Joe Simon - Moon Walk Part II
Moon Walk Part II
The Sound Stage 7 saga kind of rises and sets with its biggest star, Joe Simon.
As we've mentioned before, it was John R who suggested to Vee-Jay that they take Joe down to Rick Hall in Muscle Shoals, resulting in his first national chart hit, Let's Do It Over, which would hit #13 R&B in mid 1965. When Vee-Jay went belly up later that year, John made sure that Sound Stage 7 picked up Simon's contract. With Allen Orange and Bob Wilson now on board, his J.R. Enterprises was ready. One of the first sessions that Wilson was involved in was Simon's Teenager's Prayer, which climbed to #11 R&B in the summer of 1966.
As we talked about last week, J.R. Enterprises was using Cliff Parman as their arranger and conductor at this point, an old-school Nashville Guy, who believed in recording everything 'live' (including the horns and strings) in the studio. That approach, coupled with the fact that John R had assembled most of Fame's original rhythm section in Norbert Putnam, Jerry Carrigan, and David Briggs, to work with Wilson and Orange produced some great records, and kept Simon in the top twenty with the follow-up My Special Prayer. Originally using the parent label's Monument Studio in Nashville, they switched over to the better equipped Bradley's Barn in late 1966.
I've heard it said that they were too much alike, but for whatever reason, the strong-willed Parman and John R had a big blowout at this point, and Cliff walked away. As we've discussed, Nashville's studios were union operations, that looked down their nose at the 'head arrangements' of the 'house bands' in places like Memphis and Muscle Shoals. This closed environment made it difficult to cut anything other than the established status quo defined by guys like The A Team. Once Parman left, Allen Orange talked Richbourg into letting him bring in the King Casuals, the North Nashville R&B stalwarts that had made a name for themselves in the clubs on Jefferson Street, before going on to power legendary local TV shows Night Train and The!!!!Beat. Although Jimi Hendrix had moved on by then, the band still featured Billy Cox, Johnny Jones, Freeman Brown, Harrison Calloway and tenor man Aaron Varnell, who became the label's new arranger. Since the Casuals never did carry a keyboard player, Bob Wilson was a perfect fit. This arrangement would record some of the label's coolest records in late 1966 and early 1967, with artists like Roscoe Shelton, Sam Baker, and Lattimore Brown.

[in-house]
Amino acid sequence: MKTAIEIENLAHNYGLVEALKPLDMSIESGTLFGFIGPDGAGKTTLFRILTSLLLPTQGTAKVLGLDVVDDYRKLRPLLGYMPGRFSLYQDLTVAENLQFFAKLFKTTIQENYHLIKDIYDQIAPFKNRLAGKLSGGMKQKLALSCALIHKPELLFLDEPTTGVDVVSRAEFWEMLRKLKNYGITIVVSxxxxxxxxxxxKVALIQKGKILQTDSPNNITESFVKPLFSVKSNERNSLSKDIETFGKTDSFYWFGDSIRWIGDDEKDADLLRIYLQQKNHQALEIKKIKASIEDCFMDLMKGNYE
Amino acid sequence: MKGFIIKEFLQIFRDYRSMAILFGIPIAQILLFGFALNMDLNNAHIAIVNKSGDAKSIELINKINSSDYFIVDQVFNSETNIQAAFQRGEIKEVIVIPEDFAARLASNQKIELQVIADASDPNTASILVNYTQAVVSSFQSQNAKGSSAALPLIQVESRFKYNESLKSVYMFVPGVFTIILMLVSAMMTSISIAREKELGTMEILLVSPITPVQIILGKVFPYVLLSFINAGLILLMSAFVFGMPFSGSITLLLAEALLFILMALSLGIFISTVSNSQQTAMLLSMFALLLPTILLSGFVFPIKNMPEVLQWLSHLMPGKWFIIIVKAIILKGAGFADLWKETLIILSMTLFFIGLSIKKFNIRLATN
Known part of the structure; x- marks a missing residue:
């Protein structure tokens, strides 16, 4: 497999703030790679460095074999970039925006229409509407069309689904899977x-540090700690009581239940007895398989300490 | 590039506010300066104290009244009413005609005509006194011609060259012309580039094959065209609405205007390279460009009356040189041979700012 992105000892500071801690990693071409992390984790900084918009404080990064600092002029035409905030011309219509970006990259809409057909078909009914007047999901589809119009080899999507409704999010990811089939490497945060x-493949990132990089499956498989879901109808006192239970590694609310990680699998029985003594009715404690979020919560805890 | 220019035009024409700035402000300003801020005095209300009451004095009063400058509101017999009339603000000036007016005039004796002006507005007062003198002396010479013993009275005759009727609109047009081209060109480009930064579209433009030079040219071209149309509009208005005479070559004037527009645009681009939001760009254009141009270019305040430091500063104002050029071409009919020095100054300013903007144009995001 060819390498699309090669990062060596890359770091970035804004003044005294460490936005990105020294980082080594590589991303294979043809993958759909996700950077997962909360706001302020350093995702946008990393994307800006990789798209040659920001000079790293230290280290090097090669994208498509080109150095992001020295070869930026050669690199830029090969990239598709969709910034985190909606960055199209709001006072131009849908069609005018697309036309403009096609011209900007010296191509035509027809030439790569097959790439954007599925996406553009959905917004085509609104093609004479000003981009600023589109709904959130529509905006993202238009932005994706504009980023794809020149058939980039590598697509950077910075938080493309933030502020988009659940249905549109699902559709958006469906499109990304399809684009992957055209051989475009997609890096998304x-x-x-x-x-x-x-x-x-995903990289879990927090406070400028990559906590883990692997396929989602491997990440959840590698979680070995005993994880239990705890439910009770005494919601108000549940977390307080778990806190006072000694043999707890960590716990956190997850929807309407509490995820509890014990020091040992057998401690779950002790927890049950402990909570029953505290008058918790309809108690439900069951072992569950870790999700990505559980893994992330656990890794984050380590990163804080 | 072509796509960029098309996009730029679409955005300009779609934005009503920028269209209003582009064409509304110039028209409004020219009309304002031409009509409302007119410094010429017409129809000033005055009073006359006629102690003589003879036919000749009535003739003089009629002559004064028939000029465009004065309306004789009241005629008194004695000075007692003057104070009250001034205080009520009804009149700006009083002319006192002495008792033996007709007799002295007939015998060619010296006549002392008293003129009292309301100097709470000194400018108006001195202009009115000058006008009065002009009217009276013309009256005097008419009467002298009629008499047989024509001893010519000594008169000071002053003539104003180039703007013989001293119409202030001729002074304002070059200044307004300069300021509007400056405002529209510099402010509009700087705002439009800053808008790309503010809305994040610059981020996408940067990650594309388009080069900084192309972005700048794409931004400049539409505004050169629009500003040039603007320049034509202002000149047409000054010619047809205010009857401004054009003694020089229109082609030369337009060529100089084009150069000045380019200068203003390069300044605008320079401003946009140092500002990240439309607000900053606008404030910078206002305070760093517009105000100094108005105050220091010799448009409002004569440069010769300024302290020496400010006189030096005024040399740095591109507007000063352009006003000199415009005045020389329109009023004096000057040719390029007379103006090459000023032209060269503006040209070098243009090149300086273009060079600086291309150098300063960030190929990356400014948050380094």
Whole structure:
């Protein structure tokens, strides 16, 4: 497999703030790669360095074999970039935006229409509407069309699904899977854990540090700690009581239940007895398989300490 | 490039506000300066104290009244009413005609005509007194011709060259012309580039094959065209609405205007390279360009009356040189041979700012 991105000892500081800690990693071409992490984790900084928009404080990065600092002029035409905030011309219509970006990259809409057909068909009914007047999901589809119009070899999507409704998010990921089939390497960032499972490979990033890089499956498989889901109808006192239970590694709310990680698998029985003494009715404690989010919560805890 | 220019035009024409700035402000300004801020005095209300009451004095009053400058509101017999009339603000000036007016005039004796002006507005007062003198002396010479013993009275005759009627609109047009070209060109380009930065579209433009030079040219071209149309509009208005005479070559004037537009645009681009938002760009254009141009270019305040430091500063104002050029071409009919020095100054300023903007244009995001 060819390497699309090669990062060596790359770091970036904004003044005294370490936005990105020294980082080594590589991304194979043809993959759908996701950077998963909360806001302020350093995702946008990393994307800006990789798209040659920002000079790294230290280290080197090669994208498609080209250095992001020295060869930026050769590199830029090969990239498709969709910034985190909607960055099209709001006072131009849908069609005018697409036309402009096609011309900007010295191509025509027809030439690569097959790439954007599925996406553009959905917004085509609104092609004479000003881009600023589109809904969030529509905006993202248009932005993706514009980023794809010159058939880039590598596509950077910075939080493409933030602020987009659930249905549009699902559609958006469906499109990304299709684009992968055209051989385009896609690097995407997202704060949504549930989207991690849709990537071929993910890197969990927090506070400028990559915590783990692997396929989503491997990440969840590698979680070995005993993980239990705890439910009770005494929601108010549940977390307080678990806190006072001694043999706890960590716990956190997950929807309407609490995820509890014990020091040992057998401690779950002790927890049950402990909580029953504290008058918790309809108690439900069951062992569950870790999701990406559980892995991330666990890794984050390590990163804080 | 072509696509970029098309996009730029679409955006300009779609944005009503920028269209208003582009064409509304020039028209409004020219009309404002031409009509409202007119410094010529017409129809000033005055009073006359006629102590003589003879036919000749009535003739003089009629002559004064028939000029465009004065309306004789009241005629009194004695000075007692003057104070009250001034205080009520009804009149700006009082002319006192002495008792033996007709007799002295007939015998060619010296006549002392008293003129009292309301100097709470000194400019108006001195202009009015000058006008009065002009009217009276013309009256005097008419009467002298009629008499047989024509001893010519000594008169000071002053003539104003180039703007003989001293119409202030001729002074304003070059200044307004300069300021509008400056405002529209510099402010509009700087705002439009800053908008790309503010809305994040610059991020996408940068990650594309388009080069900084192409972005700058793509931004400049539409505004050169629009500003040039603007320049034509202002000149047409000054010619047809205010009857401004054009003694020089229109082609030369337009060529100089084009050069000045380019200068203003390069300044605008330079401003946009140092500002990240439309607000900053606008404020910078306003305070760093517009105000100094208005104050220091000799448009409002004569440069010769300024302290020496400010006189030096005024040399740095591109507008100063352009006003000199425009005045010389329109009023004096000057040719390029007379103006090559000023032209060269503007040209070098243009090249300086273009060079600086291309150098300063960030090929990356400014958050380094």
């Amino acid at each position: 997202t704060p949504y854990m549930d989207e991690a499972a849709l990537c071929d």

John R, meanwhile, decided to bring Wilson, Orange, and Joe Simon down to Fame in Muscle Shoals around this time for a multi-day session that produced the funky Come On And Get It as well as a sweet version of the Penn-Oldham nugget In The Same Old Way. Convinced that this was the right direction to take, Richbourg's next stop was Memphis, where he would pair up with Chips Moman and record the rest of Joe's album No Sad Songs at his American Studio. Still looking out for his own, John made sure that Wilson and Orange continued to get paid, both through additional overdubs made back in Nashville, and by issuing material they had written as the B sides of Simon's singles.
Shortly after this, John R announced that he had signed an agreement with Moman and that, from then on, he was going to do his recording at American. There during the studio's absolute prime, great records by folks like Roscoe Robinson and Ella Washington (among many others) were waxed in Memphis around the same time that Tom Dowd and Atlantic were recording everybody down there as well. If nothing else, John R lived up to his reputation of knowing good music when he heard it.
Bob Wilson, meanwhile, was making a name for himself around Nashville as a 'go-to' session man, working whenever and wherever he could. Monthly appearances on the Grand Ol' Opry with Earl Scruggs helped give him some name recognition with the Country crowd, and before long he found himself working with legendary Columbia producer Bob Johnston, playing piano behind the likes of George Jones. He also began a life-long friendship with a New Orleans drummer named Karl Himmel, and began using both him and Billy Cox on sessions whenever he could.